Just Mercy (2019 | USA | 137 minutes | Destin Daniel Cretton)
It’s a sad commentary on the inherent crisis of our country’s irreparably broken criminal justice system that there is such a thing a a “death row drama” film genre. Just Mercy is a fairly standard entry in the canon: a couple of do-gooders working tirelessly in a cartoonishly racist setting to overturn the sentence of an unjustly-convicted man who was incarcerated by racist law enforcement on the basis of weak evidence, deeply incompetent representation, and an indifferent criminal justice system.
Here, the protagonist is Bryan Stevenson, a freshly-minted Harvard lawyer who (much to the consternation of his suburban mother) leaves Delaware to plunge himself into running a legal clinic in Alabama (America’s Most Racist State). He’s played by Michael B. Jordan, whose sheer personal magnetism, inherent goodness, and undeniable natural charisma lifts this thin material up and valiantly carries it on his broad shoulders for two hours. Whenever he’s onscreen, the movie is better and you miss him whenever we cut away to other subplots. His partner — refreshingly non-romantic — in this uphill battle is his Short Term 12 alum Brie Larson, who endures an era-appropriate perm to portray the passionate civilian activist who inspired and administers the newly launched Equal Justice Initiative. Jamie Foxx is underused as Walter “Johnny D” McMillian, whose true story of unjust incarceration for a crime that he obviously didn’t commit provides the primary narrative for the drama. His beleaguered character is essentially a jailhouse saint whose innocence is never in question and who has universal support from his family and community. Tim Blake Nelson makes the most of his scenes as a critical witness whose questionable testimony convicted McMilliman and whose potential recantation is key to his appeal. This level of certainty is great for making a squeaky clean case against the familiar outrages of a legal system that is systemically biased against the poor black people, but it stokes much-deserved outrage at the expense of dramatic tension.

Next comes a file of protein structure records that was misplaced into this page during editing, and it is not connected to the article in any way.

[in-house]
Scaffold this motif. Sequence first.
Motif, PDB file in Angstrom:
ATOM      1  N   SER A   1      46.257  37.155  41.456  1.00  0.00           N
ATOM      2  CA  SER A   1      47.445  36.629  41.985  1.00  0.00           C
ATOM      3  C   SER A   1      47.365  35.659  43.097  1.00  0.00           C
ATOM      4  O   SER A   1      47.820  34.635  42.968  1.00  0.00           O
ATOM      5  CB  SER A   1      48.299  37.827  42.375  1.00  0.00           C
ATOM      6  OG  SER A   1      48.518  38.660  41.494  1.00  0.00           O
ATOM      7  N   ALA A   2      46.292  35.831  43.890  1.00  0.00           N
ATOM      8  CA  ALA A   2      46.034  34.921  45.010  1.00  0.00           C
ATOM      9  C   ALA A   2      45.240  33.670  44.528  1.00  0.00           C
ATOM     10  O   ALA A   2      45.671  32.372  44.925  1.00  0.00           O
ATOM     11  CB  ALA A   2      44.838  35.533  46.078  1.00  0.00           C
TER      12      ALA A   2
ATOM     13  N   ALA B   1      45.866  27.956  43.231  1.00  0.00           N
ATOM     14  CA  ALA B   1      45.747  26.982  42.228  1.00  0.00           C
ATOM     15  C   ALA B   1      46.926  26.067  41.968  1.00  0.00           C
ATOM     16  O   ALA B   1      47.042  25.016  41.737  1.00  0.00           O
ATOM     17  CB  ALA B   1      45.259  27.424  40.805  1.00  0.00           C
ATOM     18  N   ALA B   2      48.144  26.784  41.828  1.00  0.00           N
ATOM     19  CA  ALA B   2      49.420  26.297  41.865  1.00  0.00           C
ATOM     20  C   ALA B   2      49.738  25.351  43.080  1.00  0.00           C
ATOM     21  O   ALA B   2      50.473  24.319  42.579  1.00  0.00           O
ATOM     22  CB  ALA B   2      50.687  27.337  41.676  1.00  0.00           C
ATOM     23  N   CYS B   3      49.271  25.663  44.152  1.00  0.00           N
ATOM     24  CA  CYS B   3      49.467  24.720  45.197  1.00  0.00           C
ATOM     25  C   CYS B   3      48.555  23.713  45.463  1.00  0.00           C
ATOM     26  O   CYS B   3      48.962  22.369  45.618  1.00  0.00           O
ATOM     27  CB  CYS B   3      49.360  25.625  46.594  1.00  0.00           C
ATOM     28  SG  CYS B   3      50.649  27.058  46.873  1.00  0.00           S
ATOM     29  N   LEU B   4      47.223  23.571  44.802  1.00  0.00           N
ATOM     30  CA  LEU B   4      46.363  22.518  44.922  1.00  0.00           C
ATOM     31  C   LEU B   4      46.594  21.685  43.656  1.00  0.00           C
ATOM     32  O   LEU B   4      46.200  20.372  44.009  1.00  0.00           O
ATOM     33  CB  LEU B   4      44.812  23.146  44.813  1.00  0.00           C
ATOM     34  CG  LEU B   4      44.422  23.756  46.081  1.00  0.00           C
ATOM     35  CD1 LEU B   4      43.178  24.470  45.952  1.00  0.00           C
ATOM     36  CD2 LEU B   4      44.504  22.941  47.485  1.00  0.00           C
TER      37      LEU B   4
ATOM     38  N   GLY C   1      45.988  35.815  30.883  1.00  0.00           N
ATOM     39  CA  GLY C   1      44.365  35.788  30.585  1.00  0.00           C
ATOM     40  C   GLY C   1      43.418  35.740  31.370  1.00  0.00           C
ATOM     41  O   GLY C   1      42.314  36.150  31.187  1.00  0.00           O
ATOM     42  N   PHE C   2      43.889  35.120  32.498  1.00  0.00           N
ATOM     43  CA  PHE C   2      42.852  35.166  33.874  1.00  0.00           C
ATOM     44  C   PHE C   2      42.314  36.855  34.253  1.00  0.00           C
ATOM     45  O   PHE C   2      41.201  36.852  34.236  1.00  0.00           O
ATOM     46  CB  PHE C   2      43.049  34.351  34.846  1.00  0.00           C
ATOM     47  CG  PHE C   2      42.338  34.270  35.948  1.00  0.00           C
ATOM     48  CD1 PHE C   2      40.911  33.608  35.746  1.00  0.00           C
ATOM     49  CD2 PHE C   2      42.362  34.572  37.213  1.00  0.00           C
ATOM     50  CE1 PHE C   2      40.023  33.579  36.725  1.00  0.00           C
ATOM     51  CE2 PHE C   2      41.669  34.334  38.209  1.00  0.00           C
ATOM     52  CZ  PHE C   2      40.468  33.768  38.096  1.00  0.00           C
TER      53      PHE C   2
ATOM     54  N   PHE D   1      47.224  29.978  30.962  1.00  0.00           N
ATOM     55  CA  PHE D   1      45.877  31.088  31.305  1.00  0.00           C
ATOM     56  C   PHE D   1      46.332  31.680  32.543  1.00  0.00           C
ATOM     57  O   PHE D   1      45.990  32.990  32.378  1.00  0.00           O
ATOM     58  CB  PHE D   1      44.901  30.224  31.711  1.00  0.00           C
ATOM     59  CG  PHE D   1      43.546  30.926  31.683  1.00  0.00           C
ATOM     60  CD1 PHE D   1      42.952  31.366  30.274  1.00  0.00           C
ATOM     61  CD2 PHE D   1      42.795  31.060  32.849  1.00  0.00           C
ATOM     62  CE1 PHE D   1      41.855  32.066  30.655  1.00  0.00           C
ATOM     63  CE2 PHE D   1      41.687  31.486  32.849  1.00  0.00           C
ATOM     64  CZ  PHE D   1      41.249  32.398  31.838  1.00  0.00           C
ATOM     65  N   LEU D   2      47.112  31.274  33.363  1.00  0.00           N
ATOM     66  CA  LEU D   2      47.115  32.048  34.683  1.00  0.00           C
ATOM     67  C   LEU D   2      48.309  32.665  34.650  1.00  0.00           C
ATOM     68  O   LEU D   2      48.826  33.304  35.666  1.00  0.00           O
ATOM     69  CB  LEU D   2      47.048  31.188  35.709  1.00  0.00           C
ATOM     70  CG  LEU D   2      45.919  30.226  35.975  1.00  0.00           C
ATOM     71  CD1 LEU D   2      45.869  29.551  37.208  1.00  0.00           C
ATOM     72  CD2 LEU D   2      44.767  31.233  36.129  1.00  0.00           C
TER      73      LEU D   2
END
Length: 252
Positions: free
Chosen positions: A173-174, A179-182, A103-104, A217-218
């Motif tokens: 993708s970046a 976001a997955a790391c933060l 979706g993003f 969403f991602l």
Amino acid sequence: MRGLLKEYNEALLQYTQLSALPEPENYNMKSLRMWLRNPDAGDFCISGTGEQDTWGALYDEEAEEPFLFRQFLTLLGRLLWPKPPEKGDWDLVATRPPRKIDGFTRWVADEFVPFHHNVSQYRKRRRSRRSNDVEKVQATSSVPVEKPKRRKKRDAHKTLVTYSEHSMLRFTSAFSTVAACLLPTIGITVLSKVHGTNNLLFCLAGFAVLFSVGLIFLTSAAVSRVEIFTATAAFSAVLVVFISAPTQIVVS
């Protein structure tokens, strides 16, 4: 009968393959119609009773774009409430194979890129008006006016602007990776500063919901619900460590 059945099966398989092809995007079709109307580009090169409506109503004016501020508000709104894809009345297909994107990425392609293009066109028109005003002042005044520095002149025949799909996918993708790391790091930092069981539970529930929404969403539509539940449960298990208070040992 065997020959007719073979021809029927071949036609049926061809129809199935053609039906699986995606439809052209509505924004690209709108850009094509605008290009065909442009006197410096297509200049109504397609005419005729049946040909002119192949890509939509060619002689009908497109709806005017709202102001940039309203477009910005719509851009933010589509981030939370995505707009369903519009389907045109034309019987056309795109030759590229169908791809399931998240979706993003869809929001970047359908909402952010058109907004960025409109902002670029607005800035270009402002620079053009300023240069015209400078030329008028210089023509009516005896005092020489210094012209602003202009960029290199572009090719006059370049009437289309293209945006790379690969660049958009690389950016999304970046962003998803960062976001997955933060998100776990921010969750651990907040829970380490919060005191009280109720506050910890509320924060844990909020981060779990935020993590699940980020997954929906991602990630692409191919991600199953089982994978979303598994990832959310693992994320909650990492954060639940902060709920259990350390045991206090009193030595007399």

With that said, the movie is fine for what it is and does make a compelling case while hitting all the notes. The seemingly improbable nature of a lone lawyer taking on too many cases with the requisite shots of late night doc review; a young racist prison guard who become slightly less racist after witnessing the cruelty of an execution; the racist white locals socially and violently reacting to a newcomer meddling in long-settled affairs; the warm black family and extended community hungry for justice; a racist sheriff condoning intimidation and a new district attorney unwilling to revisit past mistakes; and even the power of journalism in the form of a real 60 Minutes expose that shifted the mood about the case. Perhaps as an illustration of the system’s lack of compassion, Cretten also includes a subplot about another prisoner who did commit his crime, but whose death sentence is decidedly unmerciful. While this is an understandable instinct, it feels like something that distracts from the core drama of McMillian’s appeal.
For anyone familiar with the rhythm of these stories, the case unspools with few surprises and not too many courtroom fireworks, but it is nevertheless an important story that’s competently made and well acted. I could’ve used a little more in the way of depth, nuance, or uncertainty and fewer educational aftertitles (nearly a dozen that go on for several minutes), but I don’t begrudge its very good intentions. Jordan is one of our best young actors and its always nice to see him in a role where he’s not being repeatedly punched in the face. The film’s success relies entirely on his compelling screen presence and he acquits himself admirably. Based on the audible reactions from some in the preview screening, my guess is that it will likely play well to those whose views align with the right side of history.